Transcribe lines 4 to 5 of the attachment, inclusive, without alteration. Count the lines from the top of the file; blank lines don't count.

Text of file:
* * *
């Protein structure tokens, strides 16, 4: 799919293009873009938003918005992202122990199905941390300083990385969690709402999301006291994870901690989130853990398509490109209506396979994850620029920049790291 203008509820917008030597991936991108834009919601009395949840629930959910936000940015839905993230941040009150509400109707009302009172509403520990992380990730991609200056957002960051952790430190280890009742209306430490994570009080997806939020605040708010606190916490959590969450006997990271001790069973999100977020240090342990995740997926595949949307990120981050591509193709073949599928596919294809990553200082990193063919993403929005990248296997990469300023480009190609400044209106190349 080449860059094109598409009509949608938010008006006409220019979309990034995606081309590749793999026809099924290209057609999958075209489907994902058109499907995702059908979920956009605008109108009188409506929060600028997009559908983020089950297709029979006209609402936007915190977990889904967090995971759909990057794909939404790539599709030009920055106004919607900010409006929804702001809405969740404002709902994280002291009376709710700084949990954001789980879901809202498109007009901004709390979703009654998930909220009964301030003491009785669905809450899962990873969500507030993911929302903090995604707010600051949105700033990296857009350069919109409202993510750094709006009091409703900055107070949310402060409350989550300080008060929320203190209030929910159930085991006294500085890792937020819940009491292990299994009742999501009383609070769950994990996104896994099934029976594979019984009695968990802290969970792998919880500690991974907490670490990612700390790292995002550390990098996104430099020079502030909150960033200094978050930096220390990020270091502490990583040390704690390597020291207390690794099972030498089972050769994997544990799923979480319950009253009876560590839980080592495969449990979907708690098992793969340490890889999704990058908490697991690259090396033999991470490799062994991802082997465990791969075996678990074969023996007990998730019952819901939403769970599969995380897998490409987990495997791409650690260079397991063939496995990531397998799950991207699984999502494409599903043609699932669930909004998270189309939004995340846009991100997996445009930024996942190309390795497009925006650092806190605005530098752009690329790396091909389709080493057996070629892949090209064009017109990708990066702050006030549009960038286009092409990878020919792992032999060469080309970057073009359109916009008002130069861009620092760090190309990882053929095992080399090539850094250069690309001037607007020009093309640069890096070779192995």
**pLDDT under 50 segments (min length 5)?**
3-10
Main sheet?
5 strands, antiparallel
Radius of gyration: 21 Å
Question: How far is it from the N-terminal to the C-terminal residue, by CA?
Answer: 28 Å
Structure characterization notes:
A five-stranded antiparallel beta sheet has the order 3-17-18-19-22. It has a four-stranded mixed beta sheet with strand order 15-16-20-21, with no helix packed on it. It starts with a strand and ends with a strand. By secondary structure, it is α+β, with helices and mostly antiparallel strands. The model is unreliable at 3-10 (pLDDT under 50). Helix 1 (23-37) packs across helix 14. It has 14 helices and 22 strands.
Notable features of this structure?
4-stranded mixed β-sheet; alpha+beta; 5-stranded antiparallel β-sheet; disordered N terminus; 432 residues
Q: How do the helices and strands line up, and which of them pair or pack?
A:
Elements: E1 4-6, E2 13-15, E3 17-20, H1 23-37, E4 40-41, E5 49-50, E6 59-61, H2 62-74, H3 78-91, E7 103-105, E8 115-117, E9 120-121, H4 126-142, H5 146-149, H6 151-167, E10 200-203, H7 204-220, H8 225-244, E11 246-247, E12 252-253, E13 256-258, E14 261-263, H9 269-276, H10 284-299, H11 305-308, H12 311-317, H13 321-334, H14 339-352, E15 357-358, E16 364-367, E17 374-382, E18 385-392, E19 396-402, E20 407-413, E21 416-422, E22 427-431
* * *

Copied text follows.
Main sheet?
5 strands, antiparallel